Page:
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James Patterson takes the crownStephen King takes second place in round-up of world's richest authors, with EL James expected to feature next year
Forbes, which calculates its annual compilation by using official figures and talking to book industry experts, found that Patterson earned $94m last year – a period which saw him publish 14 new titles and make more than double the amount of the second-placed King. Nine of the top 15 slots on the list were taken by male authors, including King (who earned $39m thanks to the release of his doorstopper novel about the assassination of JFK, 11/22/63), legal thriller writer John Grisham ($26m), Wimpy Kid author Jeff Kinney ($25m) and newcomer George RR Martin, who made $15m following the adaptation for television of his Song of Ice and Fire fantasy series.
Thanks to some help from family and friends, Neil Scott was able to see his final book finished before passing away.
An MTSU librarian and author of several books, his latest book tells the story of the collision between the HMS Oranto and HMS Kashmir off the coast of Scotland near the end of World War I while ferrying hundreds of American soldiers from New York to various British ports.
When his father told him about two great-uncles who were in a ship that collided in World War I, Scott was hooked. He had to tell the story of the HMS Otranto and the HMS Kashmir. The Kashmir survived, but Otranto was left dead in the water.
"I think it speaks to readers' interests and it speaks to the nature of this field that it happened to come out that way," said Matazzoni, who also noted that the choices seemed to represent both the target teen demographic, as well as the adult readers that have fervently embraced YA lit. "It's an impressive show of enthusiasm."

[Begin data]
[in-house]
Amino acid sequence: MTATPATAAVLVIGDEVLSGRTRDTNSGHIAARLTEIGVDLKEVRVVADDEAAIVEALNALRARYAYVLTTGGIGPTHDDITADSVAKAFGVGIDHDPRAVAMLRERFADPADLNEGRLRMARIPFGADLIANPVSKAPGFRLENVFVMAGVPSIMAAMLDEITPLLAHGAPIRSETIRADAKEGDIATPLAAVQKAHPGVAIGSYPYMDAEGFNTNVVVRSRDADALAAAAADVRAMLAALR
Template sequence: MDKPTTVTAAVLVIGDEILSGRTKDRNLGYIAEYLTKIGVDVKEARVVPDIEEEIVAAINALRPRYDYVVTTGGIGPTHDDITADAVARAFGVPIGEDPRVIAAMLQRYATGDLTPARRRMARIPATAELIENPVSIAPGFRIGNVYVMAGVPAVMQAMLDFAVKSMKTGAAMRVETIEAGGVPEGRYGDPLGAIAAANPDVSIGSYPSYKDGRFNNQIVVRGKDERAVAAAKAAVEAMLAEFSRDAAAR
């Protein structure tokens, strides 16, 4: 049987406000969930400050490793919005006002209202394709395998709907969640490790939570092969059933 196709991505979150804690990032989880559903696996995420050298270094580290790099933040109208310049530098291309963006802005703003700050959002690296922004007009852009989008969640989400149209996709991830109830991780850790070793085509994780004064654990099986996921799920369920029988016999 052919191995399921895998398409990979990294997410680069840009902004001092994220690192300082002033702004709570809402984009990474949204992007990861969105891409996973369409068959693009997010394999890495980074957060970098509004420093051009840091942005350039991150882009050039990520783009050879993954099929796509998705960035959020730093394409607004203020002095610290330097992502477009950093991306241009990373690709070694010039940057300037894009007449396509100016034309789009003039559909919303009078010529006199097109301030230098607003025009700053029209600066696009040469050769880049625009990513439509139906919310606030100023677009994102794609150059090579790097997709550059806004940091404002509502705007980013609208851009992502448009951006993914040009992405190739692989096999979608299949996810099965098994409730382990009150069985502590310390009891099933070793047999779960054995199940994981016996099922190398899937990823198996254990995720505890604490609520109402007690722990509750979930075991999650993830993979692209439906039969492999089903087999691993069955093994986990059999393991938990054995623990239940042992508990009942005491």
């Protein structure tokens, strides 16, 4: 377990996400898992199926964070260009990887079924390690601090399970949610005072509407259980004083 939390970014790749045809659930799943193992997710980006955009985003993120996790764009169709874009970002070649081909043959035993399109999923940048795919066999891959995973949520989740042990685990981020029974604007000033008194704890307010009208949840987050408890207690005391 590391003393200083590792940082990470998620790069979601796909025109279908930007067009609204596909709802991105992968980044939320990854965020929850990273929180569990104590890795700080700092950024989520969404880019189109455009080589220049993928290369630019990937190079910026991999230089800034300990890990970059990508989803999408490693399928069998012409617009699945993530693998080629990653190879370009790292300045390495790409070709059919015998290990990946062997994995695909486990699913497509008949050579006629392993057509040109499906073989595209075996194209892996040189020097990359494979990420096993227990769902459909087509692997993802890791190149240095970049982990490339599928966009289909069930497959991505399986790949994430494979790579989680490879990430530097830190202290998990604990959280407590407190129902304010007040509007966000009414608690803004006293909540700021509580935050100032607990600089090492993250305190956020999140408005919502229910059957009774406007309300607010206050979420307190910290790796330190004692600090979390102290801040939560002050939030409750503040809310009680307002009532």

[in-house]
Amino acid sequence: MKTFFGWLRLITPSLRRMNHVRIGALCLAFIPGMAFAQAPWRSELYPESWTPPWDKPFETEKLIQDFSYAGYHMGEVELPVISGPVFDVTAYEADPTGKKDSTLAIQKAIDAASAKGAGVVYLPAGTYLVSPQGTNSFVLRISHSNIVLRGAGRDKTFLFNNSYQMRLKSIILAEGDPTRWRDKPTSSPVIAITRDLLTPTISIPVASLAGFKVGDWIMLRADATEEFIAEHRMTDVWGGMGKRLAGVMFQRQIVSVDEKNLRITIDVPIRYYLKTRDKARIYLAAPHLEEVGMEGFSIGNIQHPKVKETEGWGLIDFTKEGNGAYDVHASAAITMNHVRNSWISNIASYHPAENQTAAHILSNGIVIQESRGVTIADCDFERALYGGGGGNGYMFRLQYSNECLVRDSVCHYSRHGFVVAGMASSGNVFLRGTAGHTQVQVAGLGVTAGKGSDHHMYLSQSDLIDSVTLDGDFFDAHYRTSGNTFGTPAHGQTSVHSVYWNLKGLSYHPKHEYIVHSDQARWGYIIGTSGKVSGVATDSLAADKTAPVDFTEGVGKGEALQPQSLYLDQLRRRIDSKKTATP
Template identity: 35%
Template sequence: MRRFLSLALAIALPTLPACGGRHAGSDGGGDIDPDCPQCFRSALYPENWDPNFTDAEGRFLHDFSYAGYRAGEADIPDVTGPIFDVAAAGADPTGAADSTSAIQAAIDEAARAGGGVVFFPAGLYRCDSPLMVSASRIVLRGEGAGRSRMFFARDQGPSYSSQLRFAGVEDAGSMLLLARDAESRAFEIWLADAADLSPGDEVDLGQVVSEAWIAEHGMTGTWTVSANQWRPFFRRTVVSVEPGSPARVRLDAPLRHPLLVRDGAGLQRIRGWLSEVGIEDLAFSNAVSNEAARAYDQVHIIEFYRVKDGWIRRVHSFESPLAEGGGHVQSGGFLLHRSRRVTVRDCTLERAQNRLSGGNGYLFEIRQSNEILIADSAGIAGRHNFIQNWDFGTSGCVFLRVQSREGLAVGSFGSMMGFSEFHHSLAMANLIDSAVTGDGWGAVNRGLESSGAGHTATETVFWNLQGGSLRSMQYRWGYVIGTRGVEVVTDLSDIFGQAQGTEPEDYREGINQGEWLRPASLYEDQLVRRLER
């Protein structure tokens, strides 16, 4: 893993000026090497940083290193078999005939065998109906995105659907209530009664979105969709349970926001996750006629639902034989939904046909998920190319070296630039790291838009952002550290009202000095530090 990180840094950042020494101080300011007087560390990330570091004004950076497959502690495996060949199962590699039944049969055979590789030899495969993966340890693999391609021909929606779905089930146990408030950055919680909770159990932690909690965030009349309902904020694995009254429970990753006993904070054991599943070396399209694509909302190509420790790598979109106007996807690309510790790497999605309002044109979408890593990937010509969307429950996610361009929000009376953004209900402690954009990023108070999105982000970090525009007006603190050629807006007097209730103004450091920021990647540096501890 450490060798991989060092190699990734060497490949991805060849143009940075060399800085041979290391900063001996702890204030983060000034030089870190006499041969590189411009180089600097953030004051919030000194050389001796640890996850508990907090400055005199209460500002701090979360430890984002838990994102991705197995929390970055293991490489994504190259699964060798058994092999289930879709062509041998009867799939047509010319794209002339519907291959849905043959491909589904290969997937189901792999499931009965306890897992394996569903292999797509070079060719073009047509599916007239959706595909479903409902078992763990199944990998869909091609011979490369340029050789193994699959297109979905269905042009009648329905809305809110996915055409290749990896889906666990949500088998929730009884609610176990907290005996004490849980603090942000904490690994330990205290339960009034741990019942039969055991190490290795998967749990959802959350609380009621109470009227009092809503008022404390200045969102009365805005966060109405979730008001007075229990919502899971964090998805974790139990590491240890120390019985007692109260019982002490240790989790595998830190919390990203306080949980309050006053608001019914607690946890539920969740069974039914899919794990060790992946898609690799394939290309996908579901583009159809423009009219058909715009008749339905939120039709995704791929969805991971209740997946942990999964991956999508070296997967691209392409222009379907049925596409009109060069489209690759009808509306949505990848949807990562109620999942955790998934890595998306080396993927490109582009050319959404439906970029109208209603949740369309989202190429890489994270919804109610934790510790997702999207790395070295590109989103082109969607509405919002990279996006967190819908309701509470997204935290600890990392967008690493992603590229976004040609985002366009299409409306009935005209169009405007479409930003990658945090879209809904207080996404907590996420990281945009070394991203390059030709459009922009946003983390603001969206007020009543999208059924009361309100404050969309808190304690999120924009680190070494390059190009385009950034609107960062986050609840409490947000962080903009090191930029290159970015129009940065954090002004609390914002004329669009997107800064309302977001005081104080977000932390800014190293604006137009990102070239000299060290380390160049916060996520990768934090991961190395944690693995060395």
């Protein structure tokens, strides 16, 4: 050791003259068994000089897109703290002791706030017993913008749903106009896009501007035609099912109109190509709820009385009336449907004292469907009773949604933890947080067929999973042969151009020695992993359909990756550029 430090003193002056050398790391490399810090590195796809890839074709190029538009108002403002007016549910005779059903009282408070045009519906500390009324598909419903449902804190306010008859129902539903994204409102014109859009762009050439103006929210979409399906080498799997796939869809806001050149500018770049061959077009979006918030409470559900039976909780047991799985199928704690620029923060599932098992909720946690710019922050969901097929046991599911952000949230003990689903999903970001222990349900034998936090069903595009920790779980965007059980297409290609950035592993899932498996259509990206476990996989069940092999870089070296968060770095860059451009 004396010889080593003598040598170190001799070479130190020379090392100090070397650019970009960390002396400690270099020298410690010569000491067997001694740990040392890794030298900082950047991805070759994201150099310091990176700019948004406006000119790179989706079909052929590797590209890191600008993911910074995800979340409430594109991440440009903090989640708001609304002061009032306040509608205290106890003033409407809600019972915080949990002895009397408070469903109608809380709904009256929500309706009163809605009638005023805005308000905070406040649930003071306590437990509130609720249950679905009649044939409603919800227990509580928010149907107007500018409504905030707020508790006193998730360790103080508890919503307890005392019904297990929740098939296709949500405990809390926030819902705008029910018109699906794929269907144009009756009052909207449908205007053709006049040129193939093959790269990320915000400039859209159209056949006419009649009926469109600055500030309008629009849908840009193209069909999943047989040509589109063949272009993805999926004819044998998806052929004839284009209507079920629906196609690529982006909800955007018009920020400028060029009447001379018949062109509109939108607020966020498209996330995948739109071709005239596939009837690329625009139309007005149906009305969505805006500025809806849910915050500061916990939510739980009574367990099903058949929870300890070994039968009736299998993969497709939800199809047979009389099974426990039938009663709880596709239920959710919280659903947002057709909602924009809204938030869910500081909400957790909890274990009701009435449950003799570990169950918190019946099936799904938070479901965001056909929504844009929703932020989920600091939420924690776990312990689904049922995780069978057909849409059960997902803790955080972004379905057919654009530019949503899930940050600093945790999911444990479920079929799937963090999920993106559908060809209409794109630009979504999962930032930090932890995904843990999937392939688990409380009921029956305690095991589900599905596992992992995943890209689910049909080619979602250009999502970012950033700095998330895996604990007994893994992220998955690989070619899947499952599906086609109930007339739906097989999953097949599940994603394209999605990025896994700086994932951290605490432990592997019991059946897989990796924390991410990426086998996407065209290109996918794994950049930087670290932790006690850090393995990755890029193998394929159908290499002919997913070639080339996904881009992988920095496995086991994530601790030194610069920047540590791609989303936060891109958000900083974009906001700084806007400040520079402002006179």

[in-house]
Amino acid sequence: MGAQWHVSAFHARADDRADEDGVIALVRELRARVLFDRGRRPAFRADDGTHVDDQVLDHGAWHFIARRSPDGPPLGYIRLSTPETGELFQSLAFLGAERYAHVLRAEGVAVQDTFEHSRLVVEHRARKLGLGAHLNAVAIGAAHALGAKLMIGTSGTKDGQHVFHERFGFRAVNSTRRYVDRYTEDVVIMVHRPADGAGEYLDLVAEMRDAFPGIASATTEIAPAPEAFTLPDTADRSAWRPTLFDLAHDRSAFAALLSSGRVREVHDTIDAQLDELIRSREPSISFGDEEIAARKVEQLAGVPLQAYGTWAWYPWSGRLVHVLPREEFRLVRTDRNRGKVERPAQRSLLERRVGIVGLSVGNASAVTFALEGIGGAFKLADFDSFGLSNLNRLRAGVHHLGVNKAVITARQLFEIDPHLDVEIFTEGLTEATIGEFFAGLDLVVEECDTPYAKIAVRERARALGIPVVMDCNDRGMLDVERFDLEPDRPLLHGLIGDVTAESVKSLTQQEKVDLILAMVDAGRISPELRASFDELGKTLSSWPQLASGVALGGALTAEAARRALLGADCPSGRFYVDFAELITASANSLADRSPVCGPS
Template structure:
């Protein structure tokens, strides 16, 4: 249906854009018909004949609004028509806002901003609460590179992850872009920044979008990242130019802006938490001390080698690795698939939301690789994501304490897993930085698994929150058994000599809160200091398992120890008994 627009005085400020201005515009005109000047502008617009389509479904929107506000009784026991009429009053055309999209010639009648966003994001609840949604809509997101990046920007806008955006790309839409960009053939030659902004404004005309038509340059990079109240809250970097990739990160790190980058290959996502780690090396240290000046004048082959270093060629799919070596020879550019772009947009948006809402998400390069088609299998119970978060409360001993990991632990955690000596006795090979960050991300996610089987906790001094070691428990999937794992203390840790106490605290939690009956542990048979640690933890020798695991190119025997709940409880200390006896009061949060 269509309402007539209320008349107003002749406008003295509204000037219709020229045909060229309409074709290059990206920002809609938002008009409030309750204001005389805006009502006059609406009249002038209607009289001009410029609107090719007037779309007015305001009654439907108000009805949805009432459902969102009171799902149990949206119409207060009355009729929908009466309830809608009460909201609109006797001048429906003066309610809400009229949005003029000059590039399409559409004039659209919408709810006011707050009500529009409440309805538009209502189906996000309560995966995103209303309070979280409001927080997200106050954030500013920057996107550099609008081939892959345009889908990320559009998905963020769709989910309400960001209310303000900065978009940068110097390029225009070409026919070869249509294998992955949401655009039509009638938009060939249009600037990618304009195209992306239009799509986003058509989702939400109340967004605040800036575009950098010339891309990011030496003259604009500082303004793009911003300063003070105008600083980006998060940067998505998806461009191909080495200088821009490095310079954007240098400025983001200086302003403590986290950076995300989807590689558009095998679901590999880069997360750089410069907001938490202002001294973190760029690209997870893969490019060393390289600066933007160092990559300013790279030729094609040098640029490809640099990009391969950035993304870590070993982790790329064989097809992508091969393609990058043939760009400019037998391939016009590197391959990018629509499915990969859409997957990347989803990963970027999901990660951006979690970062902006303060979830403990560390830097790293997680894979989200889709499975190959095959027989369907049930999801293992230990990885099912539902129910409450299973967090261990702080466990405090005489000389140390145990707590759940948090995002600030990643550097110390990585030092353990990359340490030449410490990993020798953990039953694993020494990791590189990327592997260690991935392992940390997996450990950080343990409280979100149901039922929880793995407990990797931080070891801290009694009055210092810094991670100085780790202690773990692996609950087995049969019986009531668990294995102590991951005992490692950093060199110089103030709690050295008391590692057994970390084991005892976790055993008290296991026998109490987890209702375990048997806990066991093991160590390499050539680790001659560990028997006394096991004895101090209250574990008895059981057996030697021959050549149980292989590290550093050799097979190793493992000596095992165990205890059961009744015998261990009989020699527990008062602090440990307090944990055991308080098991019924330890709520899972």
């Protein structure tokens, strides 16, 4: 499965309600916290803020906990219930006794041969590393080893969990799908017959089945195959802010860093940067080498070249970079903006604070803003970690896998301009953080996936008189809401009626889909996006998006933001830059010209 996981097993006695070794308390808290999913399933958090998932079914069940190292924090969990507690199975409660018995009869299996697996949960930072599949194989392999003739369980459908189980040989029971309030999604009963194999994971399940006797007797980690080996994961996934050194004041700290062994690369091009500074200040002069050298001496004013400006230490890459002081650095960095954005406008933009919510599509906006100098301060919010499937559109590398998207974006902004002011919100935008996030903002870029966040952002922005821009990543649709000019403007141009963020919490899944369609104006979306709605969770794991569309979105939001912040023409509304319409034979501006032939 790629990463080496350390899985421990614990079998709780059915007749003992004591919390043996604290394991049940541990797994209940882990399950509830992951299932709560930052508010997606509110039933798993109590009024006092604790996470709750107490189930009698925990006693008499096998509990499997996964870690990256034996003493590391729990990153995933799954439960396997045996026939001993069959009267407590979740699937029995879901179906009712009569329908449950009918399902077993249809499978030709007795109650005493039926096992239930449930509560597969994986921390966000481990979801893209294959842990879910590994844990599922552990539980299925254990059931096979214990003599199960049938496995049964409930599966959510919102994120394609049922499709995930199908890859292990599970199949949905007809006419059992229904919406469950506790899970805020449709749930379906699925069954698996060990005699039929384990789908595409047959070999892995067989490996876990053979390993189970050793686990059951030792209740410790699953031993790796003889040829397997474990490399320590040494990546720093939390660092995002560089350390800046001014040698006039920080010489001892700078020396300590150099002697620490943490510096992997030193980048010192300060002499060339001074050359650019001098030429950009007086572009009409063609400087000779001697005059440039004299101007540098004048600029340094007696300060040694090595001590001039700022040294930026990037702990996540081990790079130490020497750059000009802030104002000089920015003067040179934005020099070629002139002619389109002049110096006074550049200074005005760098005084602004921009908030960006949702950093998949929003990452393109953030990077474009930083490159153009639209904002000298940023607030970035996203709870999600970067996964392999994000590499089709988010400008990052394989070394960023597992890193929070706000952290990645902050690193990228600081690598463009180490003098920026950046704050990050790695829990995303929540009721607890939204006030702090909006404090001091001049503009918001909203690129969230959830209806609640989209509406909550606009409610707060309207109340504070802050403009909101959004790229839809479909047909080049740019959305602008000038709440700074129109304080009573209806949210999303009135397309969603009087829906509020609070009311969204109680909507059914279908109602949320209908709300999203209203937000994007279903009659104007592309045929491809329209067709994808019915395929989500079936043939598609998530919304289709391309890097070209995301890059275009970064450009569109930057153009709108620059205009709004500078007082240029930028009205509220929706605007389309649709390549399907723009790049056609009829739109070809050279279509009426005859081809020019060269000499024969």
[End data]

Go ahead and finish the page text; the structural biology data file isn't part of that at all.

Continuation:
Larry McMurtry is perhaps best known for novels like The Last Picture Show, Terms of Endearment and Lonesome Dove; but the author also has a career as a bookseller.
His store, Booked Up, spills across four buildings in his small hometown of Archer City, Texas, and houses nearly half a million rare and used books. But starting this Friday, McMurtry is holding an auction to whittle down that number — by a lot.
He's calling it "The Last Book Sale" and it includes more than 300,000 titles.
Jonah Lehrer, the author of the best selling book on creativity, Imagine, has admitted that he made up some of the quotes he attributed to Bob Dylan in the book. Publisher Houghton Mifflin has announced that it is canceling further shipments and has asked accounts to stop selling it.
Article in the NYT: Prolific, Elegant, Acerbic Writer
Excerpt: Gore Vidal, the elegant, acerbic all-around man of letters who presided with a certain relish over what he declared to be the end of American civilization, died on Tuesday at his home in the Hollywood Hills section of Los Angeles, where he moved in 2003, after years of living in Ravello, Italy. He was 86.
Talk show host Stephen Colbert's foray into children's books has landed him alongside some exalted literary company.
A playful new exhibit at Philadelphia's Rosenbach Museum & Library pairs priceless material by James Joyce and Maurice Sendak with, um, perhaps less valuable items used by Colbert to write "I Am A Pole (And So Can You!)."
Colbert's pens, beer bottles and lunch remnants are certainly not the usual fare for the Rosenbach, the Philadelphia institution that houses the only complete manuscript of Joyce's "Ulysses."
But museum officials say the display reinforces their mission to engage and inspire visitors with collections that include papers from Lewis Carroll, Bram Stoker and Miguel de Cervantes.
"If I can do that by having Stephen Colbert make a joke about 'Ulysses,' why not?" said Rosenbach director Derick Dreher.
In the UK libraries pay into a fund to pay authors for borrowed books. This is called a Public Lending Right. Volunteer libraries that are springing up to fill the place of government run libraries do not have to pay the PLR fee. Authors are not happy.